Six ways to reduce your risk of having colon pain
The colon is one of those parts of the body that we seldom think about since it seems to do its job so efficiently. If stretched out, the colon is about five feet long and is lined with about 100 trillion microbes that help the body get rid of excess waste. It takes between 12 and 48 hours for food to make its way through the colon which is why it is never really empty. However, the colon is prone to inflammation which can lead to pain.
The most common causes of colon pain are inflammatory bowel diseases. These conditions are usually triggered by an improper diet, excess stress, an inactive lifestyle or too many medications. Some of the most common inflammatory bowel diseases are ulcerative colitis, Crohn’s disease, diverticulitis, irritable bowel syndrome and colorectal cancer. Many of these diseases can be treated and controlled but they are chronic conditions that need careful attention. The best plan is to take steps to keep the colon healthy and lower the risk of developing these diseases. Here are six ways to reduce the chances of having colon pain.
Monitor your diet
There are certain foods that can contribute to inflammation in the colon. Red meat, fried foods, refined sugar and carbohydrates, alcohol and coffee can all contribute to inflammation. Not every person is sensitive to all of these foods but if you are feeling pain, try limiting these foods to see if the pain is reduced. Then adjust your diet to control or exclude the foods that trigger inflammation.
Dietary fiber is important for the process of waste elimination. When there is not enough fiber in the diet, stools can become very hard and painful. The colon has to strain to remove the waste. This extra pressure can increase the risk of developing further health complications including hernias, hemorrhoids, varicose veins and high blood pressure. Good sources of fiber include bran, cereal, fruits, vegetables, nuts and seeds. So instead of having your sandwich on white bread, choose whole wheat bread. Avoid donuts and sweet rolls at breakfast and have a bowl of cereal. When you need a quick snack, choose an apple instead of a candy bar. Consciously adding fiber can made a difference in your colon health.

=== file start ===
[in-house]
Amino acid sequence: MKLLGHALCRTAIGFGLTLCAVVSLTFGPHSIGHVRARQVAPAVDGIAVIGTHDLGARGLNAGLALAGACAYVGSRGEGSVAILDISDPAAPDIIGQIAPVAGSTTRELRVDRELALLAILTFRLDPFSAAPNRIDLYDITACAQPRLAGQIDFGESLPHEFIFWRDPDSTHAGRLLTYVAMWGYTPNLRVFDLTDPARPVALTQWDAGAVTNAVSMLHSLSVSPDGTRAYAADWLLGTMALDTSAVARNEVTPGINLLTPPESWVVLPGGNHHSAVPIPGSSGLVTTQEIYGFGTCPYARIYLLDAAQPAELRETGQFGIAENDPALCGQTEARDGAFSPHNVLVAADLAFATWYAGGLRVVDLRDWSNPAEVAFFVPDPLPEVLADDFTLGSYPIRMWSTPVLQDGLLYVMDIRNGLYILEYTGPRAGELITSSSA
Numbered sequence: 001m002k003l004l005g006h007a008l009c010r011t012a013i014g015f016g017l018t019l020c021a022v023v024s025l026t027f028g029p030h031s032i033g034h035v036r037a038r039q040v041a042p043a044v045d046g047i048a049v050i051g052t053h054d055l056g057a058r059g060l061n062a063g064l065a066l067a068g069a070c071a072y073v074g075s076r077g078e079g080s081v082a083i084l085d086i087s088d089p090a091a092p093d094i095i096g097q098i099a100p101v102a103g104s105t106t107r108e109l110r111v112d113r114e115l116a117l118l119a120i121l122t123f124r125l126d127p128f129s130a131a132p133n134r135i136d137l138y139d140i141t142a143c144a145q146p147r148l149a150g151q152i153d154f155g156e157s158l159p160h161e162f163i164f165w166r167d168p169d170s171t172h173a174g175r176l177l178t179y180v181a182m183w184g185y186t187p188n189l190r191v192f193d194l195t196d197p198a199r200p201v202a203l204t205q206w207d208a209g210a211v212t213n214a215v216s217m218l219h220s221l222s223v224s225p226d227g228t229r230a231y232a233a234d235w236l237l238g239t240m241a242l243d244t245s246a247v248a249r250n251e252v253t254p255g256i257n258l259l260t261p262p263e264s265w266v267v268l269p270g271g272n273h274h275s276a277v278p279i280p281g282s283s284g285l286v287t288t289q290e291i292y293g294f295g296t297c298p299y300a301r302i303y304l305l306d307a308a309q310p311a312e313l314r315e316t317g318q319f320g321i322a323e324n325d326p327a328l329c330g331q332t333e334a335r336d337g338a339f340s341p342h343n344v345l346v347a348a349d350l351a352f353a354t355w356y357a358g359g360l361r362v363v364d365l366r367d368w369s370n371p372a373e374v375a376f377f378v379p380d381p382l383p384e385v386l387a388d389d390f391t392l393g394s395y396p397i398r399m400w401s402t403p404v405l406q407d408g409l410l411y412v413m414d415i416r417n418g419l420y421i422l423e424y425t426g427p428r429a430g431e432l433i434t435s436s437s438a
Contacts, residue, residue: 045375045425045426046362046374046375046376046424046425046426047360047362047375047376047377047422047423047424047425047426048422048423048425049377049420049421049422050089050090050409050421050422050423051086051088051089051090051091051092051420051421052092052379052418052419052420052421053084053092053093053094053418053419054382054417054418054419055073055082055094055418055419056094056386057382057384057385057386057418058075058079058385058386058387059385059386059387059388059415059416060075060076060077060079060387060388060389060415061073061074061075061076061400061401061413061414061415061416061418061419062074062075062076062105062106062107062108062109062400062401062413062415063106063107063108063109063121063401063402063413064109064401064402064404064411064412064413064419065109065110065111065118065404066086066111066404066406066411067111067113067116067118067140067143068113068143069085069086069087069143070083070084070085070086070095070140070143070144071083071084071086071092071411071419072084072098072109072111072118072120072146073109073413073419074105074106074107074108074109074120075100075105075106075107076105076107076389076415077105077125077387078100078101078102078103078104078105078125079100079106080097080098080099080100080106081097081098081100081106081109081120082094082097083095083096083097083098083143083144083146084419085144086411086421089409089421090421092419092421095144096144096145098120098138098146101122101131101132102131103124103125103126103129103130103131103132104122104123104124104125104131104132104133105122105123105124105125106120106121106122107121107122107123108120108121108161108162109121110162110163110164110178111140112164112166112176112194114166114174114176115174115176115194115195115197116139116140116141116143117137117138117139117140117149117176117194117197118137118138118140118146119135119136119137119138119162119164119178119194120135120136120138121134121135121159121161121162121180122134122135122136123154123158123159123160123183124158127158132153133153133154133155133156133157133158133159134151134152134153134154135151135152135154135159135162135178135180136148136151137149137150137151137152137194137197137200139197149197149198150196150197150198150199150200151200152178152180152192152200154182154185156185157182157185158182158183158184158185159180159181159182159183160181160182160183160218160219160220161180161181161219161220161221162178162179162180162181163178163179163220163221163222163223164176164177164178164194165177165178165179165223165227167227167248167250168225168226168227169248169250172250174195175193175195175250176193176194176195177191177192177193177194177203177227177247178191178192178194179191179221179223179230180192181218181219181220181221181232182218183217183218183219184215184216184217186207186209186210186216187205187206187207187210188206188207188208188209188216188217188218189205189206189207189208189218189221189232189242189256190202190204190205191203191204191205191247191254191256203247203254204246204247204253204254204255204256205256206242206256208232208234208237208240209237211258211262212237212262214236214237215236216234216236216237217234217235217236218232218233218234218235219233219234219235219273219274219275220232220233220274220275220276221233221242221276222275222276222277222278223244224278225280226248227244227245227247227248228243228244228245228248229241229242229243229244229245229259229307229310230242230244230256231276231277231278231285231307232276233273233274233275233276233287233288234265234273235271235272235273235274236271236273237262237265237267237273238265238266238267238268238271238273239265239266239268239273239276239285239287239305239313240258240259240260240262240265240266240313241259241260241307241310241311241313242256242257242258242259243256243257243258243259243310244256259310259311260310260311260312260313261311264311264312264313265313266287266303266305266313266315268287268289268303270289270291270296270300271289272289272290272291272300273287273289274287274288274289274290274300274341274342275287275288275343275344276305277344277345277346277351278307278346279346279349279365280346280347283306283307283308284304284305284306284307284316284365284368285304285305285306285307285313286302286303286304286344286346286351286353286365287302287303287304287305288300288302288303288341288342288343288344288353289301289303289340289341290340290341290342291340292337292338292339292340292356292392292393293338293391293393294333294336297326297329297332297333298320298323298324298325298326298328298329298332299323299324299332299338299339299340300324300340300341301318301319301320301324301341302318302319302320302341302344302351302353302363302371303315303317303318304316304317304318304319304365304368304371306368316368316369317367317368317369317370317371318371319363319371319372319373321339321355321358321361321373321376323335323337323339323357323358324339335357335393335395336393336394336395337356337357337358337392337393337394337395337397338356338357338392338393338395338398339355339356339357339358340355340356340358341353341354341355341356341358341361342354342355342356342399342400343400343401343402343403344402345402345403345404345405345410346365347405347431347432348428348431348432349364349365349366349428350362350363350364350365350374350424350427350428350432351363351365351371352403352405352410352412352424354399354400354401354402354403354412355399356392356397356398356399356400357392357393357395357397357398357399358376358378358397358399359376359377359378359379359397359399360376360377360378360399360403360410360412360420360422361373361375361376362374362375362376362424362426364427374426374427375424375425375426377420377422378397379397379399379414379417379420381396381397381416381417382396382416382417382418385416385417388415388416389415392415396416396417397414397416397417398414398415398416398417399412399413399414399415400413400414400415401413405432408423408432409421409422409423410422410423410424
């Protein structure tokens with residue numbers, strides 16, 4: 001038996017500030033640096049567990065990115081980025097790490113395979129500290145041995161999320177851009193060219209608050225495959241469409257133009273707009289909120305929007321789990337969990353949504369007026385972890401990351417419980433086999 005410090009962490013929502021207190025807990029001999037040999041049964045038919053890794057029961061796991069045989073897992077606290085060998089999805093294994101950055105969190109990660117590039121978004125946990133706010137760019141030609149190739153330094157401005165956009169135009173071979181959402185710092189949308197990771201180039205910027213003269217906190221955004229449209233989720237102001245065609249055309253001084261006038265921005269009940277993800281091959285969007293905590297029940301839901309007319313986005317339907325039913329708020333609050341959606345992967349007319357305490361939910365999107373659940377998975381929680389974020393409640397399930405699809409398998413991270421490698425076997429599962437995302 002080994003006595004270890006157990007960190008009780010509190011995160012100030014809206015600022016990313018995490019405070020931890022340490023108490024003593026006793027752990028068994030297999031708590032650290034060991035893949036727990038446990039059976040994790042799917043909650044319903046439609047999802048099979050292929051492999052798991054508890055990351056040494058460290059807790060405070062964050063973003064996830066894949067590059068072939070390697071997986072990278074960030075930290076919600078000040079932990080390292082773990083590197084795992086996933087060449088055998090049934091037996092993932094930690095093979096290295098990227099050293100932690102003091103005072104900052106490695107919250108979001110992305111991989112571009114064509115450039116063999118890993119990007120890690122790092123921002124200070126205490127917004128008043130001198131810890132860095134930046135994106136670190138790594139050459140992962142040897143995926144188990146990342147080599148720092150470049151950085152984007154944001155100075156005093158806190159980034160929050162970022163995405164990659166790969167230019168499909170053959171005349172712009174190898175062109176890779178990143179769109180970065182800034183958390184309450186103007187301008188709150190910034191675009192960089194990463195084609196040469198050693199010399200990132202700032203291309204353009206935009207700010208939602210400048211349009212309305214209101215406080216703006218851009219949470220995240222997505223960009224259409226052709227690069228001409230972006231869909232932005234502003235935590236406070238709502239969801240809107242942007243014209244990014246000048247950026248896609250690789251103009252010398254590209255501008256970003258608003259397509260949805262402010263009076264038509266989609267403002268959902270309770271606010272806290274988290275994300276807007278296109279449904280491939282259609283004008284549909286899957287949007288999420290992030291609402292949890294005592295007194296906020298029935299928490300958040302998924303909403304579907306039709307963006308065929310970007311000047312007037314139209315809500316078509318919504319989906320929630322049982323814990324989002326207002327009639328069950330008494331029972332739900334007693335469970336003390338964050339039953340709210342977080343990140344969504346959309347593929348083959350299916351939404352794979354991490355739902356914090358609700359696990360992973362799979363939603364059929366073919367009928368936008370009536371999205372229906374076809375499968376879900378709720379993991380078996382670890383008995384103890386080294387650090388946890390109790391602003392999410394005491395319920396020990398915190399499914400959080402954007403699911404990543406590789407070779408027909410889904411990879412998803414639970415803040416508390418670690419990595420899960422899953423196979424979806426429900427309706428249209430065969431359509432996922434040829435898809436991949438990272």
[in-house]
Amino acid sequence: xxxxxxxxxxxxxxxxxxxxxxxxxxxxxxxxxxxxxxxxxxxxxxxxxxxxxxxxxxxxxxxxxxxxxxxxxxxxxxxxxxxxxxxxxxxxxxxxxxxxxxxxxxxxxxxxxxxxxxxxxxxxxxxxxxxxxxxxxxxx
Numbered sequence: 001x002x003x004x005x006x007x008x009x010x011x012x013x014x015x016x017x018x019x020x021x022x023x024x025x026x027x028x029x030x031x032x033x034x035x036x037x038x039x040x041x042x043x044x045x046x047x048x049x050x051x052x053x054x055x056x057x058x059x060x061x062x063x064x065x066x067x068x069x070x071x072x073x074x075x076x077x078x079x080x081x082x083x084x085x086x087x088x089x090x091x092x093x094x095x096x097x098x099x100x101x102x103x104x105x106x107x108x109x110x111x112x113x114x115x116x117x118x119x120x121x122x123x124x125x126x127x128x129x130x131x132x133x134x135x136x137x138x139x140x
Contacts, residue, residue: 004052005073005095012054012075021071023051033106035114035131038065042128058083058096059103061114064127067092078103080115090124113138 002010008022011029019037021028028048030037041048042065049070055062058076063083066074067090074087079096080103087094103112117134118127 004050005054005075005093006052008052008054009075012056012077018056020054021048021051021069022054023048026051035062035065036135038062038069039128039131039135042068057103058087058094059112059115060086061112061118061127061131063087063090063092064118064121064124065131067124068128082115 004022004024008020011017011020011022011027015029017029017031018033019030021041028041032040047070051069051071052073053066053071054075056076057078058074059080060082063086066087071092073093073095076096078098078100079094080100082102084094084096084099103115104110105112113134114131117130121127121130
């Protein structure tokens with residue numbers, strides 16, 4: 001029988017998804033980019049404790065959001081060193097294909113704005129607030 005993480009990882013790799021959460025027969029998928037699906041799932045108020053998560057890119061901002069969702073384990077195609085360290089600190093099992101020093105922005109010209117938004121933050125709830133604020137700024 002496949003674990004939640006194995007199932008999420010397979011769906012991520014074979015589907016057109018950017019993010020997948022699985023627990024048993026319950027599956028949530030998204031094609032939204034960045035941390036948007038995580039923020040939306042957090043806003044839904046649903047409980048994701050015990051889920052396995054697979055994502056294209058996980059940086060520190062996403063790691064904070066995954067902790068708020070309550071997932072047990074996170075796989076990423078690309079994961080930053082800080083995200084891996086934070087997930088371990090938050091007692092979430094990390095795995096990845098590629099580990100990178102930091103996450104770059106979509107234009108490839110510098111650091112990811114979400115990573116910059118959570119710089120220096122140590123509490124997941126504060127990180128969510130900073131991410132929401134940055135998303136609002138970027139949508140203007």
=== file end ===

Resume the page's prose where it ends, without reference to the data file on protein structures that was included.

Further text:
Make water a priority
If your body is not getting enough water, stools can become very hard, which leads to painful bowel movements. The colon absorbs about a quart of water each day so if you are dehydrated, there is not enough water for the process to run smoothly. Set a goal to drink at least eight 8-ounce glasses of water each day. If you are active or outside on a hot day, this amount may need to be increased.
One of the triggers for colon pain is a sedentary lifestyle. Sitting at your desk or in front of the television for hours in a row can aggravate the colon. Set a goal of getting up to move at least once an hour and maintain some form of daily exercise. Exercise can be as simple as taking a walk and is a very important part of overall health as well as colon health.
The saying “butterflies in your stomach” describes the connection between your brain and your digestive system. When stress is excessive, the colon may not function correctly and can cause painful spasms. The way food moves through the colon can be affected resulting in constipation or diarrhea. Find a way to reduce stress that works for you. Taking a walk, practicing meditation or deep breathing are just some stress relievers that can reduce this destructive force.
Check your medications
If you are having colon pain, it might be wise to review your daily medication intake with your doctor. Non-steroidal and anti-inflammatory drugs like aspirin and ibuprofen can affect the intestinal lining and cause inflammation over time. Your doctor can suggest alternative medications if these are causing colon issues.
When the pain won’t stop
For some people, colon pain becomes uncontrollable and surgery to correct issues is the best option. Most colorectal surgery requires a careful time of recovery to be successful. Many choose to recover in a short-term care facility to be sure all their needs are monitored and addressed as they arise.
One of the most effective and elegant choices for short-term care is Glenview Terrace, where a dedicated Colorectal Care program effectively addresses every facet of recovery, including therapy, nutrition, wound care and pain management. This program provides an interdisciplinary and patient-centered system of post-operative care designed for the best possible recovery. Under the direction of Advocate Lutheran General colorectal surgeons, each patient receives individualized care to meet specific needs in a safe setting with rigorous standards of infection control. This level of care can lead to fewer complications following surgery, a shorter length of stay, fewer readmissions and a successful recovery.
The Colorectal Care program at Glenview Terrace offers a seamless continuation of the patient’s surgical experience where doctor’s orders are carefully carried out. An ostomy care nurse trained in Advocate Lutheran General’s protocols is present to provide care as needed. Clinicians carefully monitor each patient’s diet so they receive the most nutritious foods while still following the dietary restrictions. Therapy is available seven days a week to help each patient regain strength. Finally, staff trained in evidence-based practices provide education for the patients so they can continue to improve after leaving Glenview Terrace.
Your stay at Glenview Terrace will be in an elegantly appointed room with thoughtful extras, such as morning coffee and newspaper delivery, as well as concierge services. When it’s time for compassionate and expert care, consider Glenview Terrace, where the goal is always to help get you back to the independent lifestyle you desire. For additional information or to arrange a tour, visit glenviewterrace.com or call 847-729-9090.Back